ABUJA, Nov 20 (Reuters) – Nigeria has proposed writing off $13 million out of $48 million it is owed by Liberia as a contribution to consolidating peace there, President Umaru Yar’Adua said in a letter read out to the Senate on Tuesday.
He said Liberia’s debt burden was an obstacle to economic recovery in the small West African country, which emerged from 14 years of civil war in 2003 desperately poor and saddled with $4.5 billion in foreign debts.
“The Liberian government has made several passionate pleas to Nigeria to write off the debts,” Yar’Adua said in his letter, seeking approval from the Senate for the write-off.
“There is a potential risk of Liberia sliding back into anarchy if progress is not made in achieving sustainable economic development, which will undermine our previous efforts,” he said.
Nigeria was the main contributor to ECOMOG, a West African peace-keeping force that was active in Liberia during the war. It also helped end the conflict by granting asylum to Liberian warlord Charles Taylor in 2003.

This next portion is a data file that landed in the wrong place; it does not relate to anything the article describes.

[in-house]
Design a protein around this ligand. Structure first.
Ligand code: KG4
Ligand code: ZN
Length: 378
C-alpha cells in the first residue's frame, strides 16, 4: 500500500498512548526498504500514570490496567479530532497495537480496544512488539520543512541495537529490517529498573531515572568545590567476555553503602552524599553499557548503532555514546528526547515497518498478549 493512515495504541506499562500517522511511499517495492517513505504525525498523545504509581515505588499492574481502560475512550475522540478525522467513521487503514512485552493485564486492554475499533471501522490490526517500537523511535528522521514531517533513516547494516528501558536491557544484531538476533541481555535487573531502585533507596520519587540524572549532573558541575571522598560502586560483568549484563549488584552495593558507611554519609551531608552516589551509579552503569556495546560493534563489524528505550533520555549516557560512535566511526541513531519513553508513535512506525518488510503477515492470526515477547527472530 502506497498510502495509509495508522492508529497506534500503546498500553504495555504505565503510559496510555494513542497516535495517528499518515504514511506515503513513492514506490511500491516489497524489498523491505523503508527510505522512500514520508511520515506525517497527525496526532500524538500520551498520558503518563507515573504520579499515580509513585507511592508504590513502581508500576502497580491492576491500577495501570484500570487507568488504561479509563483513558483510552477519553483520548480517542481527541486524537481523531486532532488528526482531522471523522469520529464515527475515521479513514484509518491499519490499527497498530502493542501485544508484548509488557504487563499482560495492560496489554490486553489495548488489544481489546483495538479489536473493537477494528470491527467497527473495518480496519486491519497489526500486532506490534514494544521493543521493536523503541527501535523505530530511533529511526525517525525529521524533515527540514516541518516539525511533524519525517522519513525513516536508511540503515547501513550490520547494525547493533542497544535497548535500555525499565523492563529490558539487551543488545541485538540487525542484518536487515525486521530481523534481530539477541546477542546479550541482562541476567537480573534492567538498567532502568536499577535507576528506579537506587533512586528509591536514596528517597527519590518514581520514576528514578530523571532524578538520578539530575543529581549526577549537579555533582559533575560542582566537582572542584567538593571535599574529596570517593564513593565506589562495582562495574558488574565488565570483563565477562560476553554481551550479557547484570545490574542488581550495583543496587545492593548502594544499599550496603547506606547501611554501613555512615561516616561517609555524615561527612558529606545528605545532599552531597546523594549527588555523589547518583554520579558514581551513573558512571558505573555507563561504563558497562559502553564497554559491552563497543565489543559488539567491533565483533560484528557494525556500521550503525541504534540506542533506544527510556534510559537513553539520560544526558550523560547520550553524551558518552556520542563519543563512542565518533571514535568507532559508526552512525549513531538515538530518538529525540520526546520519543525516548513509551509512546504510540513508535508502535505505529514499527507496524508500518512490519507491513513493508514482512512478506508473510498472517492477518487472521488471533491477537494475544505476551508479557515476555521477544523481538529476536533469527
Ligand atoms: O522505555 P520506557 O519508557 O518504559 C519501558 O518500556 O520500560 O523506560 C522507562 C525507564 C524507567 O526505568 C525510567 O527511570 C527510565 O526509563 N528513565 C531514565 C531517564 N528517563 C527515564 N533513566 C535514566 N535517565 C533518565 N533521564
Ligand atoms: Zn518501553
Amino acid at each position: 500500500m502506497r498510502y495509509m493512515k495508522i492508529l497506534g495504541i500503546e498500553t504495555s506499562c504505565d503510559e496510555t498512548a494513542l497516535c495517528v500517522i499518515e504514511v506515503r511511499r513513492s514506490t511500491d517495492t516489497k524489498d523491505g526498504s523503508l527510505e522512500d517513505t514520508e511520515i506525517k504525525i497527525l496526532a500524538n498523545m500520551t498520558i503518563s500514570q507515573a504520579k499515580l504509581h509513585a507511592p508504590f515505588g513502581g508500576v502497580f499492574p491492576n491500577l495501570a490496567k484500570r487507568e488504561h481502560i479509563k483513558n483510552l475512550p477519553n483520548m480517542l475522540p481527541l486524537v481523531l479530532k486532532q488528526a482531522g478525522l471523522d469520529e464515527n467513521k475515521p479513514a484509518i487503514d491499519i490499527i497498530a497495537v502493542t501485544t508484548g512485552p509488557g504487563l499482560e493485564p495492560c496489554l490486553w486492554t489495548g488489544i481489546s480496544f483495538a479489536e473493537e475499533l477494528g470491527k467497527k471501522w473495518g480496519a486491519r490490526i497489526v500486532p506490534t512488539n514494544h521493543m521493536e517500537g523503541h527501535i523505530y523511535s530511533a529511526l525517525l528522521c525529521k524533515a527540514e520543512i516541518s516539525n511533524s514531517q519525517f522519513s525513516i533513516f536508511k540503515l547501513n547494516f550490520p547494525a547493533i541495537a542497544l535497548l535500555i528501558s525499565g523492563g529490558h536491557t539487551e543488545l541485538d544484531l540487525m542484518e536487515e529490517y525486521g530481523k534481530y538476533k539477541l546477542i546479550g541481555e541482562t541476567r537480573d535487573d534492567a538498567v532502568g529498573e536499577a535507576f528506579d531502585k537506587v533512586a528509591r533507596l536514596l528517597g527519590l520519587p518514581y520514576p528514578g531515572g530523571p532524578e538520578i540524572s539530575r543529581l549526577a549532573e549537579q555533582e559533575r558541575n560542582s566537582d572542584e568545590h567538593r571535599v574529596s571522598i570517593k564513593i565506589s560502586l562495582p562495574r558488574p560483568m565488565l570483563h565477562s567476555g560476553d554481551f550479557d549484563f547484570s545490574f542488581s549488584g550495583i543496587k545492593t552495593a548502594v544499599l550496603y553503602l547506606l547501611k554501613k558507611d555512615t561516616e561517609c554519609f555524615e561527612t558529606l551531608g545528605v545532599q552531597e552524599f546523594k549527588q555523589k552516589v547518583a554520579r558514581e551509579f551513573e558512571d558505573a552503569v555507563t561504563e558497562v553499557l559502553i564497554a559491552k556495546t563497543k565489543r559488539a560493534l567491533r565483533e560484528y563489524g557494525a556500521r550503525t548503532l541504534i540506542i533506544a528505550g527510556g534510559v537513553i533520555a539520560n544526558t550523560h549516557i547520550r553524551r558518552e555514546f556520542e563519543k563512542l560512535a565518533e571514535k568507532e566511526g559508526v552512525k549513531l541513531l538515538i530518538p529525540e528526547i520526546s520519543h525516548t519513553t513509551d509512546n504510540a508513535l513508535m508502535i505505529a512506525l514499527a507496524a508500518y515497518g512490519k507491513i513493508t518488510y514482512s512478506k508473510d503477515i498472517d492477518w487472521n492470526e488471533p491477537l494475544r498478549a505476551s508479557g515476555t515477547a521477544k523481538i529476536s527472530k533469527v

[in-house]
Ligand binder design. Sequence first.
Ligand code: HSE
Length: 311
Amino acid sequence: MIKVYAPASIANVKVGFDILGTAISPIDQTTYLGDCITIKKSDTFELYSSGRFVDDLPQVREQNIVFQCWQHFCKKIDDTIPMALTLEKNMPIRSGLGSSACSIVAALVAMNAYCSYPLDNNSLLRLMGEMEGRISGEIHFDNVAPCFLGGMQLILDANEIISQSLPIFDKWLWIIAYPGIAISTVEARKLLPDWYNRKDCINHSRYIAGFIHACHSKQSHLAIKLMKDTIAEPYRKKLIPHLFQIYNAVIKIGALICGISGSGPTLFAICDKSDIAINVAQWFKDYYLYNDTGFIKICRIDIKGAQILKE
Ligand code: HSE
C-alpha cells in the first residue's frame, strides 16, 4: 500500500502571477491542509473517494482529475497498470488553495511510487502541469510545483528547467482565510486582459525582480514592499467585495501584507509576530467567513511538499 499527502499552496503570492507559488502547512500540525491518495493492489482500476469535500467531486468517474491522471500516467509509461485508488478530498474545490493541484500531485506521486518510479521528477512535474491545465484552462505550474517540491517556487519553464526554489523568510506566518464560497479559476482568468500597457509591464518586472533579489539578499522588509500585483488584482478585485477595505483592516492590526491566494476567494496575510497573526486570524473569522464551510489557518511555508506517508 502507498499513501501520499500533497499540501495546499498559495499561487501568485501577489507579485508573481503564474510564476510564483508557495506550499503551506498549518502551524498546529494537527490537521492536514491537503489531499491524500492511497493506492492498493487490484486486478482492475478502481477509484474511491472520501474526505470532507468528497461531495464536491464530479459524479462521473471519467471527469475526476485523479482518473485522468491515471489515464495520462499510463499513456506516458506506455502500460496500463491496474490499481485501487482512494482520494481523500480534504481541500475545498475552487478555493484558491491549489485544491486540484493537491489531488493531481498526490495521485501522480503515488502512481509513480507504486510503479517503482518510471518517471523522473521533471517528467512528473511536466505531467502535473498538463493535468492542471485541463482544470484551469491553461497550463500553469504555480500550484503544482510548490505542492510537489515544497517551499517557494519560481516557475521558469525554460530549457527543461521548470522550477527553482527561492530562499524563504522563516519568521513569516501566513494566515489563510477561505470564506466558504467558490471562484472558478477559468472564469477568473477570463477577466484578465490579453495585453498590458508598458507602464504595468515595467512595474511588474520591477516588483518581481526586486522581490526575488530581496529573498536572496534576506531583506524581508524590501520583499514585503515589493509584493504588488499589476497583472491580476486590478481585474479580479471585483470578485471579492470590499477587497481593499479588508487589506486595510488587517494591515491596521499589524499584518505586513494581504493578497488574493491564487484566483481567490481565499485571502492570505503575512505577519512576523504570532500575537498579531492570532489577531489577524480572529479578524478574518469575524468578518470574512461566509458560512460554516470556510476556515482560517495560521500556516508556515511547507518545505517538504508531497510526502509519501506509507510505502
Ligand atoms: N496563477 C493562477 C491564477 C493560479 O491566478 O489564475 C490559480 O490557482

Since taking the reins of Liberia following 2005 elections, President Ellen Johnson-Sirleaf has travelled the world pressing creditor nations to cancel debts and give Liberia a chance to rebuild.
Nigeria, Africa’s most populous country and its top oil producer, benefited from its own debt relief deal in 2005 when it used windfall oil savings to pay back $12 billion to rich creditor nations who wrote off another $18 billion in return.